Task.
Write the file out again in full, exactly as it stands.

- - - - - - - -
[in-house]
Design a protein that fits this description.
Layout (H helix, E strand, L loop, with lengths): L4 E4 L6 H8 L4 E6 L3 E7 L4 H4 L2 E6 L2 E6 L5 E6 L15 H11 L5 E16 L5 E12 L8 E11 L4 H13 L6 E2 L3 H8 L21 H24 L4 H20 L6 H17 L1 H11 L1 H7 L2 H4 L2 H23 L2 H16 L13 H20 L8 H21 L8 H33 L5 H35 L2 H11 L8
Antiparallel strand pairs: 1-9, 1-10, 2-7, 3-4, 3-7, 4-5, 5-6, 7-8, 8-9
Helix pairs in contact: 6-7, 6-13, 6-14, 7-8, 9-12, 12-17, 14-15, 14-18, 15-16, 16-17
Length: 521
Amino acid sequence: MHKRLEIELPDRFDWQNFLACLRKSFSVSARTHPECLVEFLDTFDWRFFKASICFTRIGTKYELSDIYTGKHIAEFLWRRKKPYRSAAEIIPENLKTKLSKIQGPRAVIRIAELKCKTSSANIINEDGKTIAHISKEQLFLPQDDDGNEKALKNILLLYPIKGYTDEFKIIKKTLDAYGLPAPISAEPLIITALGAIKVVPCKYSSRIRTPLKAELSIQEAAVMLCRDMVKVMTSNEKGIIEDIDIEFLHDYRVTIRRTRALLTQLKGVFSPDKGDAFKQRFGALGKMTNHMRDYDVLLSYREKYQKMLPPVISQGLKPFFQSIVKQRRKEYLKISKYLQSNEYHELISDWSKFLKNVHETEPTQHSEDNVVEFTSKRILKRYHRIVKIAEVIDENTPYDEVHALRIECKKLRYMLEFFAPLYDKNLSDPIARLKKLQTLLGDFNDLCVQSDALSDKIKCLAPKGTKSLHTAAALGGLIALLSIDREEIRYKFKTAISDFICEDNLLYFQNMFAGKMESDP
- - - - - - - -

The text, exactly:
[in-house]
Design a protein that fits this description.
Layout (H helix, E strand, L loop, with lengths): L4 E4 L6 H8 L4 E6 L3 E7 L4 H4 L2 E6 L2 E6 L5 E6 L15 H11 L5 E16 L5 E12 L8 E11 L4 H13 L6 E2 L3 H8 L21 H24 L4 H20 L6 H17 L1 H11 L1 H7 L2 H4 L2 H23 L2 H16 L13 H20 L8 H21 L8 H33 L5 H35 L2 H11 L8
Antiparallel strand pairs: 1-9, 1-10, 2-7, 3-4, 3-7, 4-5, 5-6, 7-8, 8-9
Helix pairs in contact: 6-7, 6-13, 6-14, 7-8, 9-12, 12-17, 14-15, 14-18, 15-16, 16-17
Length: 521
Amino acid sequence: MHKRLEIELPDRFDWQNFLACLRKSFSVSARTHPECLVEFLDTFDWRFFKASICFTRIGTKYELSDIYTGKHIAEFLWRRKKPYRSAAEIIPENLKTKLSKIQGPRAVIRIAELKCKTSSANIINEDGKTIAHISKEQLFLPQDDDGNEKALKNILLLYPIKGYTDEFKIIKKTLDAYGLPAPISAEPLIITALGAIKVVPCKYSSRIRTPLKAELSIQEAAVMLCRDMVKVMTSNEKGIIEDIDIEFLHDYRVTIRRTRALLTQLKGVFSPDKGDAFKQRFGALGKMTNHMRDYDVLLSYREKYQKMLPPVISQGLKPFFQSIVKQRRKEYLKISKYLQSNEYHELISDWSKFLKNVHETEPTQHSEDNVVEFTSKRILKRYHRIVKIAEVIDENTPYDEVHALRIECKKLRYMLEFFAPLYDKNLSDPIARLKKLQTLLGDFNDLCVQSDALSDKIKCLAPKGTKSLHTAAALGGLIALLSIDREEIRYKFKTAISDFICEDNLLYFQNMFAGKMESDP